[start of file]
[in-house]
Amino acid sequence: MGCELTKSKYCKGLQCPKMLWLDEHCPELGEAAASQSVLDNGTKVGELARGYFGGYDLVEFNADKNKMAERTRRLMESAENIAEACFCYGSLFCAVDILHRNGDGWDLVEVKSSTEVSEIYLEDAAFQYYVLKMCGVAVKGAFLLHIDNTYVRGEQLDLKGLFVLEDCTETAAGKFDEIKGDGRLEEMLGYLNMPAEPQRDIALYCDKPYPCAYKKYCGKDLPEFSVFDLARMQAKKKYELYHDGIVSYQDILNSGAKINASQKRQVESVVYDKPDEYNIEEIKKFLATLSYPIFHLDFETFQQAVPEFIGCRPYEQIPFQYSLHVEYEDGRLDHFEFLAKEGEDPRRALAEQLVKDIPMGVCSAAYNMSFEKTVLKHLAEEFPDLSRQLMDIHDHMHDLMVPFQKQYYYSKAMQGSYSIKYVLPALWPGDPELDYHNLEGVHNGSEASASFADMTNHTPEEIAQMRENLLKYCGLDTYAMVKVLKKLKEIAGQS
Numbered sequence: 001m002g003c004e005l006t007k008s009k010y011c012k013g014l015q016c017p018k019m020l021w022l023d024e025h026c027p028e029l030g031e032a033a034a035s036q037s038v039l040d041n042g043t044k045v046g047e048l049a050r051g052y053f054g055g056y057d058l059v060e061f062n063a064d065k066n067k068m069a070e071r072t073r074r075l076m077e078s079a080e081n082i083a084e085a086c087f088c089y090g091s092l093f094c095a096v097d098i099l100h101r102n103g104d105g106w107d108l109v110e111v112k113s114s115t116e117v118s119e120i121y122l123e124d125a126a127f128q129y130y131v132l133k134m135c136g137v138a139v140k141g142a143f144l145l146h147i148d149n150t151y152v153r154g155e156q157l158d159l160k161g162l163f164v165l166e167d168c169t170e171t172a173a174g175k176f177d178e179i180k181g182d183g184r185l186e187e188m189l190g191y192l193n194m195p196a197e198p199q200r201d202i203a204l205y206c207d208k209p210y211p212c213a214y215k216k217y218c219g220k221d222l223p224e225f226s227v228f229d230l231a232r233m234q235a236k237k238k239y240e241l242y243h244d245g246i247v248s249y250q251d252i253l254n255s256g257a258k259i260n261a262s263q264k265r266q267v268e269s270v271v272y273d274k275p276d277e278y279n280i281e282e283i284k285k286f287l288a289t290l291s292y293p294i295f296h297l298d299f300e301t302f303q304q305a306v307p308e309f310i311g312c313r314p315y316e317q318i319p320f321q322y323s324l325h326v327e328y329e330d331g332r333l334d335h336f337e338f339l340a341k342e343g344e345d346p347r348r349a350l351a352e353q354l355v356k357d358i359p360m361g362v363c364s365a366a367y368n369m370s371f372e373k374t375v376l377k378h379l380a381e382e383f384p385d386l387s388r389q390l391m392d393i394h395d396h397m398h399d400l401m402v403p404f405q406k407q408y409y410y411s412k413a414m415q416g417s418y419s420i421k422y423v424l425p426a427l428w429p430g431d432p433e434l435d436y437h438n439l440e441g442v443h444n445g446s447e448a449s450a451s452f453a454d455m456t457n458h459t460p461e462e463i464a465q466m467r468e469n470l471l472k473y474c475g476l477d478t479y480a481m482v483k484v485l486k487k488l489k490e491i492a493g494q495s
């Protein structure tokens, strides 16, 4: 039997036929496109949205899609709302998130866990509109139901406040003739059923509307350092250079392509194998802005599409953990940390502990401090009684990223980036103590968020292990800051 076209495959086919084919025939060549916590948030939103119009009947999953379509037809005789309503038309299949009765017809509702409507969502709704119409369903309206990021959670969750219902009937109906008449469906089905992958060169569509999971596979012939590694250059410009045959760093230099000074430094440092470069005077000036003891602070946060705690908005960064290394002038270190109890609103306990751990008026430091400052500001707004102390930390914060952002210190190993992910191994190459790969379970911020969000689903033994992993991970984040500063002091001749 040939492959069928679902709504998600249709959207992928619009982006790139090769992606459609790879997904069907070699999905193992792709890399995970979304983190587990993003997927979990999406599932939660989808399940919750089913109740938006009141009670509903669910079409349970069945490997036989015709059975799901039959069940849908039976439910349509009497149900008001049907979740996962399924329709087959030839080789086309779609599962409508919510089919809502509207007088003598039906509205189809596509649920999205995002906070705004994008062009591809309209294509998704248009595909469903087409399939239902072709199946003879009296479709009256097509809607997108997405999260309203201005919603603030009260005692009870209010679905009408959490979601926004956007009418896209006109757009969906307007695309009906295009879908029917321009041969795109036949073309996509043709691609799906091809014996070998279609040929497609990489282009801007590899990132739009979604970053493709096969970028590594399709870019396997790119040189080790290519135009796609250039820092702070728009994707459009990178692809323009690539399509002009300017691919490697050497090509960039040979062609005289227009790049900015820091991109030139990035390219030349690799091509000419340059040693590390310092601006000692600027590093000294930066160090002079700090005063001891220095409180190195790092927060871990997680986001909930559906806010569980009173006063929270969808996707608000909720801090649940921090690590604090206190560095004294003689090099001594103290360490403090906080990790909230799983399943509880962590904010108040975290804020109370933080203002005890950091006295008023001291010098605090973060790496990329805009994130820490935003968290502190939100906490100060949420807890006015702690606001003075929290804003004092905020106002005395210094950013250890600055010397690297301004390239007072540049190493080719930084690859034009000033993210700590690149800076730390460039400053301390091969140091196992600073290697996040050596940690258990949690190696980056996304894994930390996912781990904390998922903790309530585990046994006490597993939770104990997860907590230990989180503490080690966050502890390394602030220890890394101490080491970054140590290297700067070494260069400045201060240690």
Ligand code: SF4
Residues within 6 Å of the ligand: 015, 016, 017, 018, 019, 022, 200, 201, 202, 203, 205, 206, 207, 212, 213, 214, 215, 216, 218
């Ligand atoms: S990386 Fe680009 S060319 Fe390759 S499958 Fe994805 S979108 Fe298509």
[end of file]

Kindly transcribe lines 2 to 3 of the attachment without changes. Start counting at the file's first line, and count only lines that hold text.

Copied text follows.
Amino acid sequence: MGCELTKSKYCKGLQCPKMLWLDEHCPELGEAAASQSVLDNGTKVGELARGYFGGYDLVEFNADKNKMAERTRRLMESAENIAEACFCYGSLFCAVDILHRNGDGWDLVEVKSSTEVSEIYLEDAAFQYYVLKMCGVAVKGAFLLHIDNTYVRGEQLDLKGLFVLEDCTETAAGKFDEIKGDGRLEEMLGYLNMPAEPQRDIALYCDKPYPCAYKKYCGKDLPEFSVFDLARMQAKKKYELYHDGIVSYQDILNSGAKINASQKRQVESVVYDKPDEYNIEEIKKFLATLSYPIFHLDFETFQQAVPEFIGCRPYEQIPFQYSLHVEYEDGRLDHFEFLAKEGEDPRRALAEQLVKDIPMGVCSAAYNMSFEKTVLKHLAEEFPDLSRQLMDIHDHMHDLMVPFQKQYYYSKAMQGSYSIKYVLPALWPGDPELDYHNLEGVHNGSEASASFADMTNHTPEEIAQMRENLLKYCGLDTYAMVKVLKKLKEIAGQS
Numbered sequence: 001m002g003c004e005l006t007k008s009k010y011c012k013g014l015q016c017p018k019m020l021w022l023d024e025h026c027p028e029l030g031e032a033a034a035s036q037s038v039l040d041n042g043t044k045v046g047e048l049a050r051g052y053f054g055g056y057d058l059v060e061f062n063a064d065k066n067k068m069a070e071r072t073r074r075l076m077e078s079a080e081n082i083a084e085a086c087f088c089y090g091s092l093f094c095a096v097d098i099l100h101r102n103g104d105g106w107d108l109v110e111v112k113s114s115t116e117v118s119e120i121y122l123e124d125a126a127f128q129y130y131v132l133k134m135c136g137v138a139v140k141g142a143f144l145l146h147i148d149n150t151y152v153r154g155e156q157l158d159l160k161g162l163f164v165l166e167d168c169t170e171t172a173a174g175k176f177d178e179i180k181g182d183g184r185l186e187e188m189l190g191y192l193n194m195p196a197e198p199q200r201d202i203a204l205y206c207d208k209p210y211p212c213a214y215k216k217y218c219g220k221d222l223p224e225f226s227v228f229d230l231a232r233m234q235a236k237k238k239y240e241l242y243h244d245g246i247v248s249y250q251d252i253l254n255s256g257a258k259i260n261a262s263q264k265r266q267v268e269s270v271v272y273d274k275p276d277e278y279n280i281e282e283i284k285k286f287l288a289t290l291s292y293p294i295f296h297l298d299f300e301t302f303q304q305a306v307p308e309f310i311g312c313r314p315y316e317q318i319p320f321q322y323s324l325h326v327e328y329e330d331g332r333l334d335h336f337e338f339l340a341k342e343g344e345d346p347r348r349a350l351a352e353q354l355v356k357d358i359p360m361g362v363c364s365a366a367y368n369m370s371f372e373k374t375v376l377k378h379l380a381e382e383f384p385d386l387s388r389q390l391m392d393i394h395d396h397m398h399d400l401m402v403p404f405q406k407q408y409y410y411s412k413a414m415q416g417s418y419s420i421k422y423v424l425p426a427l428w429p430g431d432p433e434l435d436y437h438n439l440e441g442v443h444n445g446s447e448a449s450a451s452f453a454d455m456t457n458h459t460p461e462e463i464a465q466m467r468e469n470l471l472k473y474c475g476l477d478t479y480a481m482v483k484v485l486k487k488l489k490e491i492a493g494q495s